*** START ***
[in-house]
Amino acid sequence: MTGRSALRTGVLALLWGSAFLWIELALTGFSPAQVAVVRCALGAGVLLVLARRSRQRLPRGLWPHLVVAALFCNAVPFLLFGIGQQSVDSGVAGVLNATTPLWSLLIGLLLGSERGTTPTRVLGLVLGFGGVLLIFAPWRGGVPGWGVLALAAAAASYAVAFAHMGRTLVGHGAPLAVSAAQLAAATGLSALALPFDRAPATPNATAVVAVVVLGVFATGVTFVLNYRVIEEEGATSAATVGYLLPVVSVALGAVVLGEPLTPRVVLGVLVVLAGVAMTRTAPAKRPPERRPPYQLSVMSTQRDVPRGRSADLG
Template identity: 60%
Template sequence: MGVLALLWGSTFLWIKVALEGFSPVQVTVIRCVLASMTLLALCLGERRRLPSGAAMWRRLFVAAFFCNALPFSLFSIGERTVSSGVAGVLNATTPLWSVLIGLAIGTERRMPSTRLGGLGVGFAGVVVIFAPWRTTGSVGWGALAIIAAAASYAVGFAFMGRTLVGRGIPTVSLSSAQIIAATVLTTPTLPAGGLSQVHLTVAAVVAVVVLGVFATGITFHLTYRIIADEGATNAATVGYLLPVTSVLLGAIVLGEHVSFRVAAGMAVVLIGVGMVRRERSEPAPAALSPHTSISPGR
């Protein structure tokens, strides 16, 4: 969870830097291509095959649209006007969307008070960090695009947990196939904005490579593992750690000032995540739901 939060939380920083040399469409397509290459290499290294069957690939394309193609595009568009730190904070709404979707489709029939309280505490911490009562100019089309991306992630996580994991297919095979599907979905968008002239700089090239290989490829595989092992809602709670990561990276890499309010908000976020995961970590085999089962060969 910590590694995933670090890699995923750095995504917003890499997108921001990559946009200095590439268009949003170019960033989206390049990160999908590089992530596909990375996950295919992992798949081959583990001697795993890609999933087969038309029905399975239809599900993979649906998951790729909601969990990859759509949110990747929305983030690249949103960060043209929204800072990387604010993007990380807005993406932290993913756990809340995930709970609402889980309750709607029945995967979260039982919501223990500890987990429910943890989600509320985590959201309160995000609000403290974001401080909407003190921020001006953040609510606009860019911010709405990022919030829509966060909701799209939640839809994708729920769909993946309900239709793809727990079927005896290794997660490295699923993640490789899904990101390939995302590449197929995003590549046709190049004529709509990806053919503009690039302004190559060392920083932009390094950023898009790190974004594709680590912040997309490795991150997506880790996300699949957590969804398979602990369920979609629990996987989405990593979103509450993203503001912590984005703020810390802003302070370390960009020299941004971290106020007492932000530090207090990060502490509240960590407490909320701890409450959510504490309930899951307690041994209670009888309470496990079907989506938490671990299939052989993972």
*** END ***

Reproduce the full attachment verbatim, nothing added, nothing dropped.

[in-house]
Amino acid sequence: MTGRSALRTGVLALLWGSAFLWIELALTGFSPAQVAVVRCALGAGVLLVLARRSRQRLPRGLWPHLVVAALFCNAVPFLLFGIGQQSVDSGVAGVLNATTPLWSLLIGLLLGSERGTTPTRVLGLVLGFGGVLLIFAPWRGGVPGWGVLALAAAAASYAVAFAHMGRTLVGHGAPLAVSAAQLAAATGLSALALPFDRAPATPNATAVVAVVVLGVFATGVTFVLNYRVIEEEGATSAATVGYLLPVVSVALGAVVLGEPLTPRVVLGVLVVLAGVAMTRTAPAKRPPERRPPYQLSVMSTQRDVPRGRSADLG
Template identity: 60%
Template sequence: MGVLALLWGSTFLWIKVALEGFSPVQVTVIRCVLASMTLLALCLGERRRLPSGAAMWRRLFVAAFFCNALPFSLFSIGERTVSSGVAGVLNATTPLWSVLIGLAIGTERRMPSTRLGGLGVGFAGVVVIFAPWRTTGSVGWGALAIIAAAASYAVGFAFMGRTLVGRGIPTVSLSSAQIIAATVLTTPTLPAGGLSQVHLTVAAVVAVVVLGVFATGITFHLTYRIIADEGATNAATVGYLLPVTSVLLGAIVLGEHVSFRVAAGMAVVLIGVGMVRRERSEPAPAALSPHTSISPGR
């Protein structure tokens, strides 16, 4: 969870830097291509095959649209006007969307008070960090695009947990196939904005490579593992750690000032995540739901 939060939380920083040399469409397509290459290499290294069957690939394309193609595009568009730190904070709404979707489709029939309280505490911490009562100019089309991306992630996580994991297919095979599907979905968008002239700089090239290989490829595989092992809602709670990561990276890499309010908000976020995961970590085999089962060969 910590590694995933670090890699995923750095995504917003890499997108921001990559946009200095590439268009949003170019960033989206390049990160999908590089992530596909990375996950295919992992798949081959583990001697795993890609999933087969038309029905399975239809599900993979649906998951790729909601969990990859759509949110990747929305983030690249949103960060043209929204800072990387604010993007990380807005993406932290993913756990809340995930709970609402889980309750709607029945995967979260039982919501223990500890987990429910943890989600509320985590959201309160995000609000403290974001401080909407003190921020001006953040609510606009860019911010709405990022919030829509966060909701799209939640839809994708729920769909993946309900239709793809727990079927005896290794997660490295699923993640490789899904990101390939995302590449197929995003590549046709190049004529709509990806053919503009690039302004190559060392920083932009390094950023898009790190974004594709680590912040997309490795991150997506880790996300699949957590969804398979602990369920979609629990996987989405990593979103509450993203503001912590984005703020810390802003302070370390960009020299941004971290106020007492932000530090207090990060502490509240960590407490909320701890409450959510504490309930899951307690041994209670009888309470496990079907989506938490671990299939052989993972």